This year I was fortunate enough to be involved in the Microsoft Partners in Learning Program (MSPIL) and collaborate with 19 fabulous schools across the nation. The opportunity of being involved in an extraordinary program has given my school a theoretical underpinning for wholistic change.
My last blog was about how I work. Now it’s time to look at middle management in a school and how they work. The traditional primary school will have supervisors looking after stages. I guess this model came about by the stage segmentation of NSW Syllabus documents. However, I can recall the same model since the start of my teaching career, and still replicated in many schools across the nation. This model is fine if it works well in a school. However, after I presented recently at Sydney University on the final day of an undergraduate teacher education course, I realised the teachers coming out of university are vastly different from when I left in the 80’s. They are connected via social media, know how to access information and can readily self-direct their own learning. Sounds familiar!
The changing nature of teachers has meant that we really need to look at the supervision practices in our schools that reflects a 21st century learning environment. We cannot get away from policies, practices and procedures that requires teachers to be supervised but it is how middle managers go about doing it that needs to change.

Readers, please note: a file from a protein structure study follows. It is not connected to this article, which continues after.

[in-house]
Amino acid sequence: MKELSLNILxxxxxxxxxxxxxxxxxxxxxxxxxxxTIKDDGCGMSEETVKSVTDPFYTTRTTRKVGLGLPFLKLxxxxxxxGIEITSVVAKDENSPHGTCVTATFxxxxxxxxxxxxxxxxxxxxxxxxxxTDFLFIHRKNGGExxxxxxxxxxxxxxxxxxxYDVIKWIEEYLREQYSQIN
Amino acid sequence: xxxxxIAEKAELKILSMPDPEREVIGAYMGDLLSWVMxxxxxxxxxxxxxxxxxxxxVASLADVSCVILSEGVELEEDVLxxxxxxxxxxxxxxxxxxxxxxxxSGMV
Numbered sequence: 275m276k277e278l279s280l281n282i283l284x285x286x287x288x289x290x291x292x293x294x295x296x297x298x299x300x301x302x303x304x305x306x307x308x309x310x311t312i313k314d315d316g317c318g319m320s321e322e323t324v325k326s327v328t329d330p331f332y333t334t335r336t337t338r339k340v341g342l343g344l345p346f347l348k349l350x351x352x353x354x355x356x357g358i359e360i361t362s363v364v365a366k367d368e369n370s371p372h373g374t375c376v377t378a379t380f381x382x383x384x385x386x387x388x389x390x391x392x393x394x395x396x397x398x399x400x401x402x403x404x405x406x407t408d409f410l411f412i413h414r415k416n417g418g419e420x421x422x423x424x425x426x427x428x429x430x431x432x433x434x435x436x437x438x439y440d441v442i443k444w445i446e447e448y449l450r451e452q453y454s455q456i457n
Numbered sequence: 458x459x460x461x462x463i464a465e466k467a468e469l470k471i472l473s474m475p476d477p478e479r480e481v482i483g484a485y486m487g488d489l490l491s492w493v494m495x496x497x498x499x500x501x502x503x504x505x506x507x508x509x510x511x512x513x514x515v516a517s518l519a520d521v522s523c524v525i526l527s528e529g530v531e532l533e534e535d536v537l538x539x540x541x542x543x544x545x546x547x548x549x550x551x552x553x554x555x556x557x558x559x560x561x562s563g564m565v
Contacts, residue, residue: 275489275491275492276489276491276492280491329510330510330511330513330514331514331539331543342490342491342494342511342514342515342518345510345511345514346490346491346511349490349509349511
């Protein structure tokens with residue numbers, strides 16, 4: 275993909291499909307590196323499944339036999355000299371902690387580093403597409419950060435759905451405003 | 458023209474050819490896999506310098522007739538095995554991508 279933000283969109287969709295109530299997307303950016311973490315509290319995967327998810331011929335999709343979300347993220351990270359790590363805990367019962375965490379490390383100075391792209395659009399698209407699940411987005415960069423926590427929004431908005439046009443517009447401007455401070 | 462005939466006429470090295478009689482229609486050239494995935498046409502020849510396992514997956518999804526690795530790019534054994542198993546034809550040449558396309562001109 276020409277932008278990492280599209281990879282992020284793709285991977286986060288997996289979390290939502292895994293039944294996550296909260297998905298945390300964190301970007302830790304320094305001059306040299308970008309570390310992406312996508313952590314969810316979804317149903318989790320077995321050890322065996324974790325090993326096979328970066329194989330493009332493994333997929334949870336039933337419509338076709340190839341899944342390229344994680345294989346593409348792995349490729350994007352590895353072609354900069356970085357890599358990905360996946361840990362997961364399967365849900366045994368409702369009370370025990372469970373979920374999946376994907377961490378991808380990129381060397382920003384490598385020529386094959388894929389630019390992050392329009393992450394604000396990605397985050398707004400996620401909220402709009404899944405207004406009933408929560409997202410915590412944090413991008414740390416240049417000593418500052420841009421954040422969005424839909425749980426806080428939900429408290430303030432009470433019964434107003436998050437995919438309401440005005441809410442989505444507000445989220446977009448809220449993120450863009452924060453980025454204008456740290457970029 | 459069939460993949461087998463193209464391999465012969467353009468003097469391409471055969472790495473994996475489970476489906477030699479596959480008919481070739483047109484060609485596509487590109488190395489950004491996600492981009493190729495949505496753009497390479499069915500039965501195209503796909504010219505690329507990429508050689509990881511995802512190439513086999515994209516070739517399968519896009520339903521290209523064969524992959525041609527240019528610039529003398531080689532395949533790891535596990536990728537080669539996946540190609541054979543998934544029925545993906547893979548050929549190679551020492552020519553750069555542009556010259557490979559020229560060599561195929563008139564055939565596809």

Teachers today need a supervisor that acts more like a mentor and coach rather than a line manager who will clinically goes through a checklist. Being part of the MSPIL program has enabled me to undertake the Microsoft Peer Coaching course. The emphasis of this course was about asking reflective questions, steering teachers to resources and professional readings, and to provide an environment where innovation and creativity are all valued, celebrated and shared. This doesn’t mean that we have a free for all. Rather, it’s about providing teachers with the opportunity to build their pedagogy that meets their learners need, and to utilise data to support what they do in the classroom.
Teachers today need a supervisor that they can discourse with, and help them scaffold their understanding of pedagogy. As self-directed learners, teachers know the difference between advice and ‘advice’. They can easily go on line and surf the web to verify the advice given to them or even collaborate with other colleagues for a second opinion. Instead of providing words like, “this is what I do” or “attend this course”, supervisors are better served by asking “why” questions to facilitate discovery learning, understanding and reflection.
Finally, teachers today need supervisors who utilise 21st century skills and ICT as part of their daily work environment. Far too often I have attended conferences and heard the buzz words from leaders such as ‘innovation’, ‘creativity’, ‘thinking outside the square box’, ‘getting outside of your comfort zone’ and ‘risk taking’. However, it’s not the words that count but the ability for supervisors to demonstrate the words in action that’s credible. Teachers need to see supervisors as being innovative and creative in their own teaching and learning. They need to see supervisors working through processes, reflecting on their program and prepared to make changes when difficult classroom moments occur. They need to know that by supervisors demonstrating, they too can have the presence of mind to be innovative.